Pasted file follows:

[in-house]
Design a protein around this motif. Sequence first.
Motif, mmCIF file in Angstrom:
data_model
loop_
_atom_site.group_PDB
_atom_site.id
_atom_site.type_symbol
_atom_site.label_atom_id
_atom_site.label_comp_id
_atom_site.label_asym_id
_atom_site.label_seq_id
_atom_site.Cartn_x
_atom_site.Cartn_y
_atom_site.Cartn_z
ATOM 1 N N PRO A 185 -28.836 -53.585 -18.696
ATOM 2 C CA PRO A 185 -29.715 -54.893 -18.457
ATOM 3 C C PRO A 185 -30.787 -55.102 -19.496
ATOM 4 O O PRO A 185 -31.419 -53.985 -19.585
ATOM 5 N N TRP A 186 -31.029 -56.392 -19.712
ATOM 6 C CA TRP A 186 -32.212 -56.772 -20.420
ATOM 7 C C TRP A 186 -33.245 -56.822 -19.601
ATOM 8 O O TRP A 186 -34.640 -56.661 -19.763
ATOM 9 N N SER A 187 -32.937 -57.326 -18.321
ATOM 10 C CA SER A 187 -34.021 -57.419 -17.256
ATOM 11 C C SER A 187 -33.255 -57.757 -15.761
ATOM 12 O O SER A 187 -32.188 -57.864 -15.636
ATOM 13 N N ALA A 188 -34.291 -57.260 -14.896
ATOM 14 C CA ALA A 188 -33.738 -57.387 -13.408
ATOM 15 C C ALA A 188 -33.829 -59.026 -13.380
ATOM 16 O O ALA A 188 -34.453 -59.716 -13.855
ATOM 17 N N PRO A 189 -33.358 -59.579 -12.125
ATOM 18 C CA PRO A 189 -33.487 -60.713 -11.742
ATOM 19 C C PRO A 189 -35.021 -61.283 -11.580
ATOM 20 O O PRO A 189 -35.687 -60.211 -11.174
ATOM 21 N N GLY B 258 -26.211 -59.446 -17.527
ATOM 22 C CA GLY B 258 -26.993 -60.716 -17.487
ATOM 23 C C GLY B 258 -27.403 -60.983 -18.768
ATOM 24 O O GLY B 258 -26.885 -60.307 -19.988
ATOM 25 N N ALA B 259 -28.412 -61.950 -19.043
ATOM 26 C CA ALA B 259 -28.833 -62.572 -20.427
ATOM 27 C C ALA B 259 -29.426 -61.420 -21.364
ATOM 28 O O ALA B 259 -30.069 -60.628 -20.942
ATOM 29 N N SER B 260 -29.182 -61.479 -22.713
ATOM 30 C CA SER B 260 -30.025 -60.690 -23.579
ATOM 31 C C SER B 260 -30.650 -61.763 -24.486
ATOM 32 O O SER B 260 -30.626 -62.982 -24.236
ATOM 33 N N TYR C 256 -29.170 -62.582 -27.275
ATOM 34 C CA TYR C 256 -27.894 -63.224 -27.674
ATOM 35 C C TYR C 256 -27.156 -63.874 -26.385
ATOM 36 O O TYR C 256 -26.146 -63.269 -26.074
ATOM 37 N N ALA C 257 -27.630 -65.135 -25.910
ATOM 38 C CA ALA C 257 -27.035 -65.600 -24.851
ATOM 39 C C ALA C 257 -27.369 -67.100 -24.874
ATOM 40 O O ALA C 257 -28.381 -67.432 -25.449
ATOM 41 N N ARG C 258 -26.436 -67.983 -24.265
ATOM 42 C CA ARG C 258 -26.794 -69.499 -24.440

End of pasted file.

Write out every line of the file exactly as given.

[in-house]
Design a protein around this motif. Sequence first.
Motif, mmCIF file in Angstrom:
data_model
loop_
_atom_site.group_PDB
_atom_site.id
_atom_site.type_symbol
_atom_site.label_atom_id
_atom_site.label_comp_id
_atom_site.label_asym_id
_atom_site.label_seq_id
_atom_site.Cartn_x
_atom_site.Cartn_y
_atom_site.Cartn_z
ATOM 1 N N PRO A 185 -28.836 -53.585 -18.696
ATOM 2 C CA PRO A 185 -29.715 -54.893 -18.457
ATOM 3 C C PRO A 185 -30.787 -55.102 -19.496
ATOM 4 O O PRO A 185 -31.419 -53.985 -19.585
ATOM 5 N N TRP A 186 -31.029 -56.392 -19.712
ATOM 6 C CA TRP A 186 -32.212 -56.772 -20.420
ATOM 7 C C TRP A 186 -33.245 -56.822 -19.601
ATOM 8 O O TRP A 186 -34.640 -56.661 -19.763
ATOM 9 N N SER A 187 -32.937 -57.326 -18.321
ATOM 10 C CA SER A 187 -34.021 -57.419 -17.256
ATOM 11 C C SER A 187 -33.255 -57.757 -15.761
ATOM 12 O O SER A 187 -32.188 -57.864 -15.636
ATOM 13 N N ALA A 188 -34.291 -57.260 -14.896
ATOM 14 C CA ALA A 188 -33.738 -57.387 -13.408
ATOM 15 C C ALA A 188 -33.829 -59.026 -13.380
ATOM 16 O O ALA A 188 -34.453 -59.716 -13.855
ATOM 17 N N PRO A 189 -33.358 -59.579 -12.125
ATOM 18 C CA PRO A 189 -33.487 -60.713 -11.742
ATOM 19 C C PRO A 189 -35.021 -61.283 -11.580
ATOM 20 O O PRO A 189 -35.687 -60.211 -11.174
ATOM 21 N N GLY B 258 -26.211 -59.446 -17.527
ATOM 22 C CA GLY B 258 -26.993 -60.716 -17.487
ATOM 23 C C GLY B 258 -27.403 -60.983 -18.768
ATOM 24 O O GLY B 258 -26.885 -60.307 -19.988
ATOM 25 N N ALA B 259 -28.412 -61.950 -19.043
ATOM 26 C CA ALA B 259 -28.833 -62.572 -20.427
ATOM 27 C C ALA B 259 -29.426 -61.420 -21.364
ATOM 28 O O ALA B 259 -30.069 -60.628 -20.942
ATOM 29 N N SER B 260 -29.182 -61.479 -22.713
ATOM 30 C CA SER B 260 -30.025 -60.690 -23.579
ATOM 31 C C SER B 260 -30.650 -61.763 -24.486
ATOM 32 O O SER B 260 -30.626 -62.982 -24.236
ATOM 33 N N TYR C 256 -29.170 -62.582 -27.275
ATOM 34 C CA TYR C 256 -27.894 -63.224 -27.674
ATOM 35 C C TYR C 256 -27.156 -63.874 -26.385
ATOM 36 O O TYR C 256 -26.146 -63.269 -26.074
ATOM 37 N N ALA C 257 -27.630 -65.135 -25.910
ATOM 38 C CA ALA C 257 -27.035 -65.600 -24.851
ATOM 39 C C ALA C 257 -27.369 -67.100 -24.874
ATOM 40 O O ALA C 257 -28.381 -67.432 -25.449
ATOM 41 N N ARG C 258 -26.436 -67.983 -24.265
ATOM 42 C CA ARG C 258 -26.794 -69.499 -24.440